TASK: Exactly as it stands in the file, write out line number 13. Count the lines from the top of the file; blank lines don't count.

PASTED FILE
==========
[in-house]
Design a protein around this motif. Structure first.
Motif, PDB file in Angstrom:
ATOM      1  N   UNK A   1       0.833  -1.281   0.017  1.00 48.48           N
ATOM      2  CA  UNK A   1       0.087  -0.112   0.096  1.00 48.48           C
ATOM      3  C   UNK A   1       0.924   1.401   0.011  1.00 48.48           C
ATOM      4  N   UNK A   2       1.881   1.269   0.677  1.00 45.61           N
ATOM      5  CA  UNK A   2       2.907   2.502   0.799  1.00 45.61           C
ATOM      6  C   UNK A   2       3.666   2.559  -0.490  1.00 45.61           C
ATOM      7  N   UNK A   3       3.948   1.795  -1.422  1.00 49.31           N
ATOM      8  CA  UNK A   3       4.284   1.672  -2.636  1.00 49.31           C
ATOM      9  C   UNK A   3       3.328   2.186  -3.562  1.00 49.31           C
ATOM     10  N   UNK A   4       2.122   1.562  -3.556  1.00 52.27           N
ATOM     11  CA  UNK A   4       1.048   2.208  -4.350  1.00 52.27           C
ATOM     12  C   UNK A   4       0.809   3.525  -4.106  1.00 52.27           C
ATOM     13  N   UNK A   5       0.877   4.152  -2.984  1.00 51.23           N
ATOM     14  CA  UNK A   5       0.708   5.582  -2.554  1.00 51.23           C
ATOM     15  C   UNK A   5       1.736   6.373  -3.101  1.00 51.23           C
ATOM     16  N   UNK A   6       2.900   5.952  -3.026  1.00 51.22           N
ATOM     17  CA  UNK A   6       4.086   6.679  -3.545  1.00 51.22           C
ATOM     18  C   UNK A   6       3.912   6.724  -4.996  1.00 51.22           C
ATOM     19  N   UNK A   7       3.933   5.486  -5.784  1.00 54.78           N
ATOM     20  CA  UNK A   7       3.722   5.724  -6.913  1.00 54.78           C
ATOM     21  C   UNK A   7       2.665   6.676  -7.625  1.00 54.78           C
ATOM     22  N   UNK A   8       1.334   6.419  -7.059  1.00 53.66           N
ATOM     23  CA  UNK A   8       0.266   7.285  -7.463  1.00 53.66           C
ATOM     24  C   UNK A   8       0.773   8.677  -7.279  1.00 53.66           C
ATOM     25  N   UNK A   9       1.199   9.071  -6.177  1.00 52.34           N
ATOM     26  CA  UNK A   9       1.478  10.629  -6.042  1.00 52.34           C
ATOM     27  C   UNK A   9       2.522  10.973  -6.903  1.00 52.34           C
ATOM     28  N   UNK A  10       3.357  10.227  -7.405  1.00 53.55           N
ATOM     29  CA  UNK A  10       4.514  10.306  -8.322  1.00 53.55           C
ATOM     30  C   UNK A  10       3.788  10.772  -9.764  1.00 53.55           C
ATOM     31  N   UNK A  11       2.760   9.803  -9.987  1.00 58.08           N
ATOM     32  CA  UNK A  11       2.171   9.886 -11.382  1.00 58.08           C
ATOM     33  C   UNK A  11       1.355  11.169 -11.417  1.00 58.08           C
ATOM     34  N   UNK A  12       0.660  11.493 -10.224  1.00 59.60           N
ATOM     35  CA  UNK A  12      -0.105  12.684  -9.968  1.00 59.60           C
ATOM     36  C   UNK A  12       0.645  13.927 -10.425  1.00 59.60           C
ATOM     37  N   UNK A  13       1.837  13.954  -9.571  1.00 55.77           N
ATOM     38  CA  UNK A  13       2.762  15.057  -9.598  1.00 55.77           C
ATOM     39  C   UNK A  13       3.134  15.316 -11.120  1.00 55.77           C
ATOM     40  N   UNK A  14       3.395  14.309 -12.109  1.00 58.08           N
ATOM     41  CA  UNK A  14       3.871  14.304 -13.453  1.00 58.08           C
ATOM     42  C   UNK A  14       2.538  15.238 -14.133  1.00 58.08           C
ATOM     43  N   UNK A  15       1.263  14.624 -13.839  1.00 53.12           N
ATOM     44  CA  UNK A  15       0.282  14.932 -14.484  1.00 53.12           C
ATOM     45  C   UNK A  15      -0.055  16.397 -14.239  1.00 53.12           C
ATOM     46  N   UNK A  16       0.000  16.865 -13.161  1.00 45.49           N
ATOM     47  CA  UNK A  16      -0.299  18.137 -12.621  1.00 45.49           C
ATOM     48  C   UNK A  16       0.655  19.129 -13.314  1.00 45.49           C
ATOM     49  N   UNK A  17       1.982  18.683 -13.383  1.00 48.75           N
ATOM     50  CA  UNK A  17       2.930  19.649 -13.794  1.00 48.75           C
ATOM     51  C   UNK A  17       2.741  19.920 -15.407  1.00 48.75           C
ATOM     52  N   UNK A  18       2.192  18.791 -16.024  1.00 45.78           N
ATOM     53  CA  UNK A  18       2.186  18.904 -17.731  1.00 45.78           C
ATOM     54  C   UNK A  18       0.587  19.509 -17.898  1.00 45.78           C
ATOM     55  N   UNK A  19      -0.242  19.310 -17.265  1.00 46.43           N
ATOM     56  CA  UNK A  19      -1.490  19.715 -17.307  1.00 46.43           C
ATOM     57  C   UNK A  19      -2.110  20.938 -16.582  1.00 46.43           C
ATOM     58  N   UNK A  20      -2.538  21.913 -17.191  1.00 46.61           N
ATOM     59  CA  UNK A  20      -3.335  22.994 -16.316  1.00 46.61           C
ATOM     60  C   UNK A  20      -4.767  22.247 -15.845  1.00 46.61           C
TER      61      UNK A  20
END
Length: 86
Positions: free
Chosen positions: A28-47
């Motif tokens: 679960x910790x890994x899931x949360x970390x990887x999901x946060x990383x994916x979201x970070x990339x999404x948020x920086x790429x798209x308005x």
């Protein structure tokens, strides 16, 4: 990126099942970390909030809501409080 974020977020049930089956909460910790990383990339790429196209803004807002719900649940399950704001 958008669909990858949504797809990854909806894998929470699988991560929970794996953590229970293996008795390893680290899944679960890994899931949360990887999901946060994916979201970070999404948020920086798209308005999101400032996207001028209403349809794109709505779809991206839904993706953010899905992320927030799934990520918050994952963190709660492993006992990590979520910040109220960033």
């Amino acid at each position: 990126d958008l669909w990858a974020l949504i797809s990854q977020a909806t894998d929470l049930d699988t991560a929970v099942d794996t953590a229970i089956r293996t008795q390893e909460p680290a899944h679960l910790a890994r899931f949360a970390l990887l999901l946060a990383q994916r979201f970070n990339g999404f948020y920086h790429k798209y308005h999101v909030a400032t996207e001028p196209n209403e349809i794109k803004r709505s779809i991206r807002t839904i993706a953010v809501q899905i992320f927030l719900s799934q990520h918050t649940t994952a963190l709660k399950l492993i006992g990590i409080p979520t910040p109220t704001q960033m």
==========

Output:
ATOM     10  N   UNK A   4       2.122   1.562  -3.556  1.00 52.27           N